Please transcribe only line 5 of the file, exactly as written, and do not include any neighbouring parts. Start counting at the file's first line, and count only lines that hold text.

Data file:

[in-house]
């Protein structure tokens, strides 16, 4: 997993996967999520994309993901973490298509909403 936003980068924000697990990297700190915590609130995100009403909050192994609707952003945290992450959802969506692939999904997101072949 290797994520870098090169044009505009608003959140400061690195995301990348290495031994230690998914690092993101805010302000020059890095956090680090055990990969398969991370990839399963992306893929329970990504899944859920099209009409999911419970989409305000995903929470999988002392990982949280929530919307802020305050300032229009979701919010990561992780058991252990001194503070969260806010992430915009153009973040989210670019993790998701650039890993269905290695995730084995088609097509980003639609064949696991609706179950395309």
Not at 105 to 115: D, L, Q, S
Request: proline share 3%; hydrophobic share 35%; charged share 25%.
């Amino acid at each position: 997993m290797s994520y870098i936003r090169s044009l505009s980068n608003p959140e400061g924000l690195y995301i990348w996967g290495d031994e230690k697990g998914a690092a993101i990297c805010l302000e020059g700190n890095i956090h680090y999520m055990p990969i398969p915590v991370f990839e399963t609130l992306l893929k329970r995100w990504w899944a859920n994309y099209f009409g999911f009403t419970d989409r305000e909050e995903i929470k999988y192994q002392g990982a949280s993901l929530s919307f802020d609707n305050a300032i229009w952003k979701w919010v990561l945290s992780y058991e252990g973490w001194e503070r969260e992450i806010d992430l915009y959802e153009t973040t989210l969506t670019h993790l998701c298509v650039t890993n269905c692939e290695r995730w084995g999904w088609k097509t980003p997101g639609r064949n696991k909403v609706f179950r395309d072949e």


């Amino acid at each position: 997993m290797s994520y870098i936003r090169s044009l505009s980068n608003p959140e400061g924000l690195y995301i990348w996967g290495d031994e230690k697990g998914a690092a993101i990297c805010l302000e020059g700190n890095i956090h680090y999520m055990p990969i398969p915590v991370f990839e399963t609130l992306l893929k329970r995100w990504w899944a859920n994309y099209f009409g999911f009403t419970d989409r305000e909050e995903i929470k999988y192994q002392g990982a949280s993901l929530s919307f802020d609707n305050a300032i229009w952003k979701w919010v990561l945290s992780y058991e252990g973490w001194e503070r969260e992450i806010d992430l915009y959802e153009t973040t989210l969506t670019h993790l998701c298509v650039t890993n269905c692939e290695r995730w084995g999904w088609k097509t980003p997101g639609r064949n696991k909403v609706f179950r395309d072949e």